Middle School Inquiry Lab on Acceleration
In this lab students will create a simple marble roller coaster and measure the speed of the marble at various points of the track. They will use this data to calculate the acceleration of the marble.
Each inquiry lab will contain an essential question that will drive the lesson… For this lesson, the essential question is:
- How does the velocity of a marble change as it moves through a roller coaster track?
BACKGROUND INFORMATION AND MATERIALS LIST:
Students will begin the lab by reading the essential question and background information. This can be done individually, as lab groups, or as a whole class. If you consider lab groups, you also might include some type of whole class formative checks before digging into the lab.
- 2 -3 pieces of foam pipe insulation cut in half lengthwise
- Masking tape
- Meter stick
- Optional: plastic or paper cup
For this lab, you will need to purchase foam pipe insulation (or pool noodles) and use scissors to cut each piece of insulation in half lengthwise. These pieces will form the track for the coaster. Plan ahead on where you will have students create their coasters. Depending on classroom space and your preferences, students can tape the pipe insulation to things like desks, walls, and chairs to give their roller coasters height and support.
Once you have figured out where students will construct their roller coasters, students will have to use masking tape to piece together the section of foam insulation. Students will have to make sure that they include one loop and big hill in their design. Also, students will mark intervals at 1, 2, and 3 meter intervals. Optional item to add is a cup to catch the marble at the end of the coaster. When the roller coaster design is complete, students will sketch their creations on their lab sheet and label where they think the marble is experience the fastest and slowest velocities.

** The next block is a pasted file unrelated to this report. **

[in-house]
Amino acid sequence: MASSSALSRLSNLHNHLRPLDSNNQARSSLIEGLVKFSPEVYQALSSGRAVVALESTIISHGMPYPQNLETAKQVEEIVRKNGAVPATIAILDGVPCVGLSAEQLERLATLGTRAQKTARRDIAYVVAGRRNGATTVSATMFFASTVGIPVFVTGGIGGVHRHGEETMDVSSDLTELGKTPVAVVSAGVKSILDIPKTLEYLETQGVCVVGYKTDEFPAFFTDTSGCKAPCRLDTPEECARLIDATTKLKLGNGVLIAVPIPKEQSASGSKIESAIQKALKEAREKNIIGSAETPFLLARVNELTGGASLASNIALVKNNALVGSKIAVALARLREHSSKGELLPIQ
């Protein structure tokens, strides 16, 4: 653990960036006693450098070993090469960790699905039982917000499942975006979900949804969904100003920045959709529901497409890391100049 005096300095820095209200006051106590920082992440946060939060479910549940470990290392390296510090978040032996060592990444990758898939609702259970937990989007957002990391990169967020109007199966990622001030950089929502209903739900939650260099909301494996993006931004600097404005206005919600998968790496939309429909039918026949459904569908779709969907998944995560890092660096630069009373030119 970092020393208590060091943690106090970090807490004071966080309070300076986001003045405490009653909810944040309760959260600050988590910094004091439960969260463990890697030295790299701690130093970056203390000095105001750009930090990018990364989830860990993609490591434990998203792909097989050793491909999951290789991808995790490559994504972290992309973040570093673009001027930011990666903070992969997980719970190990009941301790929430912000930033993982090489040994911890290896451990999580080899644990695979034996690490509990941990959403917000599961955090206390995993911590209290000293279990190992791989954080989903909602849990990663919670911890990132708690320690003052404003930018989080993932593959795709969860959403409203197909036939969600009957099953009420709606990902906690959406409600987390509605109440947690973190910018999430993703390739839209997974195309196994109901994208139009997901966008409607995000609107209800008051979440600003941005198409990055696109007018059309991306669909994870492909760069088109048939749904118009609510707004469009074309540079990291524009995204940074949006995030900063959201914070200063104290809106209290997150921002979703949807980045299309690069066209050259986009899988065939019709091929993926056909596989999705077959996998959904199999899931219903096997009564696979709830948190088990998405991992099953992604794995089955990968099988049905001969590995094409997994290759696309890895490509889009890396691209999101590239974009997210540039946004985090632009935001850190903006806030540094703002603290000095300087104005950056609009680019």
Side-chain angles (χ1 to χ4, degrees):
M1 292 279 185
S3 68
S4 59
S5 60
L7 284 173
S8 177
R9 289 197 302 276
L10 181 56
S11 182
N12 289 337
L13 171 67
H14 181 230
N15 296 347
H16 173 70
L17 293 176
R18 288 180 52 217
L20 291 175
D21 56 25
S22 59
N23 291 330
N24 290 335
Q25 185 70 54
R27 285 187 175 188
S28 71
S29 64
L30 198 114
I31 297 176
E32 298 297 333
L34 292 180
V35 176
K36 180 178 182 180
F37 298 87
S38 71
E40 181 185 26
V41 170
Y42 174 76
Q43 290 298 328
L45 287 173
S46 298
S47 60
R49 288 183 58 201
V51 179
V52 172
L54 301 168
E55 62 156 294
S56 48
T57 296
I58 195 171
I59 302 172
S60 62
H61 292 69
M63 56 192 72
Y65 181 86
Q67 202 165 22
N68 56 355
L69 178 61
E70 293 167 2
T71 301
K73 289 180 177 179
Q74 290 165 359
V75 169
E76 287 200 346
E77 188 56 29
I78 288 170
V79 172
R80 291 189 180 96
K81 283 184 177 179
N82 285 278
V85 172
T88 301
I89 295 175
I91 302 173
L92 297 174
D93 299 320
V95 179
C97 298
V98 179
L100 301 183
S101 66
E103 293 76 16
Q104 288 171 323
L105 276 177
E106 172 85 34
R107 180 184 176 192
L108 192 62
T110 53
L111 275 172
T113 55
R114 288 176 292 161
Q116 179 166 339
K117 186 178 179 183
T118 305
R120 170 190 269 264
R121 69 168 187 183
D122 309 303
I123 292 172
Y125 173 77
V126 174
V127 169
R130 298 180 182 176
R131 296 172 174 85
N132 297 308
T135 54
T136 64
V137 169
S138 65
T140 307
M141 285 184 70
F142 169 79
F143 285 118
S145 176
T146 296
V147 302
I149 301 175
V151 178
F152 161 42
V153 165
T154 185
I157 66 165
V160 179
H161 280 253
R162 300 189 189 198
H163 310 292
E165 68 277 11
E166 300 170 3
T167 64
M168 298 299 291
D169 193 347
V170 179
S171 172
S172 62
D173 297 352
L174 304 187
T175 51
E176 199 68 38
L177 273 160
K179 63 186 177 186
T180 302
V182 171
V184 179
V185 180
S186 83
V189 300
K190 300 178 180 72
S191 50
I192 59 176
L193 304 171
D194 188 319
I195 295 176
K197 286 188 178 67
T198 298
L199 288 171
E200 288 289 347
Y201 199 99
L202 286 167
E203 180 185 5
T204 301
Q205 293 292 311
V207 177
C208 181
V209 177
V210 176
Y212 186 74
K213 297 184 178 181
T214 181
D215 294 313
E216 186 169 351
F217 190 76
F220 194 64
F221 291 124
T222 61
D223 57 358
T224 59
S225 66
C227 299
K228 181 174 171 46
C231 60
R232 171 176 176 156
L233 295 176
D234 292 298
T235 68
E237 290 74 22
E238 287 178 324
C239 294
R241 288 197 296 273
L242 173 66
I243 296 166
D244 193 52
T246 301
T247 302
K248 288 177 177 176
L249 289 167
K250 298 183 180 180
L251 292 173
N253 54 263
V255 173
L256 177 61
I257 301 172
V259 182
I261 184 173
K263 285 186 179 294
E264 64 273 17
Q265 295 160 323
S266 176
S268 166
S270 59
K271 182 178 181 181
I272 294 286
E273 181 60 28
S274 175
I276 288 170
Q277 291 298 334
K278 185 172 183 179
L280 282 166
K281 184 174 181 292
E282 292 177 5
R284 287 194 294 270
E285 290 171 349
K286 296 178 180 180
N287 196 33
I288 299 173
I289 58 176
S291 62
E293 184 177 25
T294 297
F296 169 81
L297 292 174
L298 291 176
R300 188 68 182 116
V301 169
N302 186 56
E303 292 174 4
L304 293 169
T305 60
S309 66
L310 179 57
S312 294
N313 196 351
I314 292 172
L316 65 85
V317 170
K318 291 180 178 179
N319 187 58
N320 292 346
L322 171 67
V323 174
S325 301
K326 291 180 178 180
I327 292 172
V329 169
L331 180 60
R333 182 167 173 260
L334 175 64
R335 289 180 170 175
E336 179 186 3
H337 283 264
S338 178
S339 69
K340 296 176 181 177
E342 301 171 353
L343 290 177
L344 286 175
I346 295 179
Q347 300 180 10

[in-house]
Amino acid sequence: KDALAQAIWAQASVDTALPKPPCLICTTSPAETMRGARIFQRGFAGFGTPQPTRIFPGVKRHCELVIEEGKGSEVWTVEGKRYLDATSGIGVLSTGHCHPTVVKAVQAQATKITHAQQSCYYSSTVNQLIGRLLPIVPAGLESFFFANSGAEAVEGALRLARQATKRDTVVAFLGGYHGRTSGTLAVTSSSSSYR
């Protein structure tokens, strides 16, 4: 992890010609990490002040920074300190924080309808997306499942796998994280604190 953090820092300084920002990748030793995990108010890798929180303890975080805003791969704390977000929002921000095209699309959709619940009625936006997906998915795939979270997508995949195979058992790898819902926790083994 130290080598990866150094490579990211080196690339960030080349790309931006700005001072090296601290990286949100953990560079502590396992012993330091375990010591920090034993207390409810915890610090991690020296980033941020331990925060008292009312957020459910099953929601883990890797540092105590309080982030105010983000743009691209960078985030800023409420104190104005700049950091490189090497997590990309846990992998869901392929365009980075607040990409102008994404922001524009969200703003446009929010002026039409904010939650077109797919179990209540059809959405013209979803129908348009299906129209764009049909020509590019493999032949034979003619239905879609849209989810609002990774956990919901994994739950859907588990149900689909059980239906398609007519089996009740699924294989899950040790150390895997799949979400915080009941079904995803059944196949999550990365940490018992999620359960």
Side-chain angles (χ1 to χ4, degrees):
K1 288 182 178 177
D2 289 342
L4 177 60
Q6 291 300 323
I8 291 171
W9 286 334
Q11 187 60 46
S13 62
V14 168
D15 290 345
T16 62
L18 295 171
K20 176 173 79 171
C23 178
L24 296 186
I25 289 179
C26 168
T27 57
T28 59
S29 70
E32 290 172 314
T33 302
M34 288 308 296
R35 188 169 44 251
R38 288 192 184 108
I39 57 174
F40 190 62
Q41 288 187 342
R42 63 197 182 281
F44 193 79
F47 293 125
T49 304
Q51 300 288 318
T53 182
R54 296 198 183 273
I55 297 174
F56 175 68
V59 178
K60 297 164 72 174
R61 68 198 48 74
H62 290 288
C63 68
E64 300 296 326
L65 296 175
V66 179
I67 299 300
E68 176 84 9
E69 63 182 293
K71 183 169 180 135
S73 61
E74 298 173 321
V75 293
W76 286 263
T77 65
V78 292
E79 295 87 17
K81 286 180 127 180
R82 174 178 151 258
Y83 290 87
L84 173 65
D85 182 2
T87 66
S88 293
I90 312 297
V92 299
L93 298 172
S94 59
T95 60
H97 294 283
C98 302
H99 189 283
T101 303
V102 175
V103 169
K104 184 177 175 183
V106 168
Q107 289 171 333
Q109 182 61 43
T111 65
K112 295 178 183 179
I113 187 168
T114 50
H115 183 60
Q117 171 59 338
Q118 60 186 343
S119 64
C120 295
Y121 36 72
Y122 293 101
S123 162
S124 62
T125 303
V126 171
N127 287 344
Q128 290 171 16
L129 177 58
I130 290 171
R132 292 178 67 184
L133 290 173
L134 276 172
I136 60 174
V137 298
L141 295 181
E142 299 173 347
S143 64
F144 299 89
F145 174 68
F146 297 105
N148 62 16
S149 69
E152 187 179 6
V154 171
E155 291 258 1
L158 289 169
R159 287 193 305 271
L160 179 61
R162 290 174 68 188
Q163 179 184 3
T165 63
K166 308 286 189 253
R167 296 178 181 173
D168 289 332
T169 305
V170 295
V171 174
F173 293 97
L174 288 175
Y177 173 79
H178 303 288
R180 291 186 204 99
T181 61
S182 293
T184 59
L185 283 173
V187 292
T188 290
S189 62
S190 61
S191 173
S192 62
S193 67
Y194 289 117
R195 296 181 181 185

Then students will have to use a stopwatch and take data as to what time the marble reached the 1, 2, and 3 meter intervals. Using this data, students will calculate the average speed and calculate the average acceleration of the marble on the roller coaster.
Normally at this point in the lab, students will be checked for understanding by answering questions about their findings. Here are a few that come with the lab:
- On the roller coaster below, at which points will a rider experience positive acceleration?
- At which points will a rider experience negative acceleration?
- If a roller coaster accelerates from rest (0 m/s) to 10 m/s in 4 seconds, what is the coaster’s acceleration?
Students will go back to the essential question and write a CER (Claim, Evidence, Reasoning) to conclude the lab. Once completed, students will reflect back on their learning by answering the following questions:
- Did your predictions of the fastest and slowest points of a roller coaster turn out to be true? Why or why not?
- Where did the marble experience positive acceleration? Where did it experience negative acceleration?
- Compare your data to another group’s data. Try to determine what made the differences and explain those differences here:
MODIFIED AND INDEPENDENT INQUIRY VERSIONS
All of the Kesler Science inquiry labs come with three different modification levels. Each labs is differentiated using the icons below.
TEKS: 8.6B – Differentiate between speed, velocity, and acceleration.